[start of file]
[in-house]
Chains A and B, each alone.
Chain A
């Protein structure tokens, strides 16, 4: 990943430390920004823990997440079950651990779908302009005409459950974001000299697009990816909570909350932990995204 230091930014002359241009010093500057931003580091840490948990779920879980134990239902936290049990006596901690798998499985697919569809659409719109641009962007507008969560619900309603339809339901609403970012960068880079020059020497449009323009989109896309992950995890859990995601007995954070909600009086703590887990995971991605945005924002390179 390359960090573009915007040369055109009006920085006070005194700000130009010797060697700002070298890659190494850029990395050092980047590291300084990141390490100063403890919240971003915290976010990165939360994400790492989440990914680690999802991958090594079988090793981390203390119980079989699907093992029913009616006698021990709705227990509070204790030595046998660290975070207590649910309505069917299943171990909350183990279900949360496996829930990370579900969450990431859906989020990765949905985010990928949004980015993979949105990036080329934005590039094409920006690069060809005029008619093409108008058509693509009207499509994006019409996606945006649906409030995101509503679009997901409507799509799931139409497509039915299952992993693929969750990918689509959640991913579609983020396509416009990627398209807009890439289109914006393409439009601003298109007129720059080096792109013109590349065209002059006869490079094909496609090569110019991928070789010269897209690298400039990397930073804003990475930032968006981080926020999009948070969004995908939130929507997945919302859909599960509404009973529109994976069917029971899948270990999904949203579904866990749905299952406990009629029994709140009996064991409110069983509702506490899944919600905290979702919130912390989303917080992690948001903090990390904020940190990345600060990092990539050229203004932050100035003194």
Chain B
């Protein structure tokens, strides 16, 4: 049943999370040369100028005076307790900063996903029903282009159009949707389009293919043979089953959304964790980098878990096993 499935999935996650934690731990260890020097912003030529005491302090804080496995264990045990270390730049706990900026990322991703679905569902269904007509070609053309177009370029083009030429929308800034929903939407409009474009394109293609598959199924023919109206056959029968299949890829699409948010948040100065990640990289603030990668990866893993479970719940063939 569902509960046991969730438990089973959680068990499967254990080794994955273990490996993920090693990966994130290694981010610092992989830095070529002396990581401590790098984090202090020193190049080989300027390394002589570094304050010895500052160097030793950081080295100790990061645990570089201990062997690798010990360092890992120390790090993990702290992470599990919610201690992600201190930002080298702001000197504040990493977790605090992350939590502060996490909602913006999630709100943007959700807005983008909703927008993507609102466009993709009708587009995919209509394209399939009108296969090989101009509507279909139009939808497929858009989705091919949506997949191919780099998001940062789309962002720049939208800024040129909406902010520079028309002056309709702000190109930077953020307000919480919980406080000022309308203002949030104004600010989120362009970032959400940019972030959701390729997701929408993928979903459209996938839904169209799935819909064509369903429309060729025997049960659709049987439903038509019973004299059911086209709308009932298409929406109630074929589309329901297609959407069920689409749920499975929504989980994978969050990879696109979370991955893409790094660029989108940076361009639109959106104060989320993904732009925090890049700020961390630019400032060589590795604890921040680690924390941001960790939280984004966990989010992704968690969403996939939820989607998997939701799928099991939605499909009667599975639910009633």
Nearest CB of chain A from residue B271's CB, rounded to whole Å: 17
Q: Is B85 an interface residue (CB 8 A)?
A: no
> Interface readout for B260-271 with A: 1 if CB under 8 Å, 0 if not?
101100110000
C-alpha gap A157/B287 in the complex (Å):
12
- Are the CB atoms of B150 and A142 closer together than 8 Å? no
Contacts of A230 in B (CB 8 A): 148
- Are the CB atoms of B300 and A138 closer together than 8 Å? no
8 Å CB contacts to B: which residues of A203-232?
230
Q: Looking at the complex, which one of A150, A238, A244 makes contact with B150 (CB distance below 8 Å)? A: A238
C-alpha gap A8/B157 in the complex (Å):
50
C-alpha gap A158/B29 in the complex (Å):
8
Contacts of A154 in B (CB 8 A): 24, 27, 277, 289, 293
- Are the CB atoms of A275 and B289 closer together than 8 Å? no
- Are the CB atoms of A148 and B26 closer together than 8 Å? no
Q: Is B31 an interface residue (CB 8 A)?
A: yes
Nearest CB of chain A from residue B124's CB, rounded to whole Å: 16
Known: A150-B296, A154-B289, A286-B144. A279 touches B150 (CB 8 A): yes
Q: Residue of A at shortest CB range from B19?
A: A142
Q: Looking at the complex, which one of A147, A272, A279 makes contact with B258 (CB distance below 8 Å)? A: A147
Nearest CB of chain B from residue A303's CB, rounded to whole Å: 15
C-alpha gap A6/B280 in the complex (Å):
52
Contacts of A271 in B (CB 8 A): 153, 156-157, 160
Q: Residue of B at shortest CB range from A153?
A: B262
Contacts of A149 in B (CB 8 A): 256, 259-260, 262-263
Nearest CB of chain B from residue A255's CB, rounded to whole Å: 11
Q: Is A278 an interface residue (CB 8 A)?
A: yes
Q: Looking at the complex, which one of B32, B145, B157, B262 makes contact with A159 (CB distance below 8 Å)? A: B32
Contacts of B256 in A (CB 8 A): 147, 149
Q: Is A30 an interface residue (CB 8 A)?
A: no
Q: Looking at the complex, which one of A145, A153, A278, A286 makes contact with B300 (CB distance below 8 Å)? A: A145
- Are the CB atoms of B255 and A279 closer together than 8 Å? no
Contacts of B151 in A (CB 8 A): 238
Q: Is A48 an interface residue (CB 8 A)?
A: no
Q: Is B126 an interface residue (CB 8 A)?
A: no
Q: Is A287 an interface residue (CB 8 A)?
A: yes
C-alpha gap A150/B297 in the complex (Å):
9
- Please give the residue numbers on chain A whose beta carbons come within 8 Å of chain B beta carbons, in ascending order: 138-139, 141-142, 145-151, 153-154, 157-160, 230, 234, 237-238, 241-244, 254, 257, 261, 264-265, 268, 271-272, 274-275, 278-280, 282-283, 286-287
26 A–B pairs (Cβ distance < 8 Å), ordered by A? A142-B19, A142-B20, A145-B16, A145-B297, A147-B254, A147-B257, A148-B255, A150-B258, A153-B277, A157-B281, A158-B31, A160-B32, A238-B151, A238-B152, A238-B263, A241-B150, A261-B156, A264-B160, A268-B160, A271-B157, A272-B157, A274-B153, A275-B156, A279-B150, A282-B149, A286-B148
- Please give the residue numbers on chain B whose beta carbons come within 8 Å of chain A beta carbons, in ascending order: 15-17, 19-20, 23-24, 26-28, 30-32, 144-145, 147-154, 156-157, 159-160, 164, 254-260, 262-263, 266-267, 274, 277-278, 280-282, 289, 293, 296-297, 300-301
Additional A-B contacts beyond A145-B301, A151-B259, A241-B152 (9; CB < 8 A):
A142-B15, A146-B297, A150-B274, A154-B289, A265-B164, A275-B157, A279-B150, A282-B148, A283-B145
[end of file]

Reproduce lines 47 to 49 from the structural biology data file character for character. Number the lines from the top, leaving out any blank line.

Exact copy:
A: no
Q: Looking at the complex, which one of A145, A153, A278, A286 makes contact with B300 (CB distance below 8 Å)? A: A145
- Are the CB atoms of B255 and A279 closer together than 8 Å? no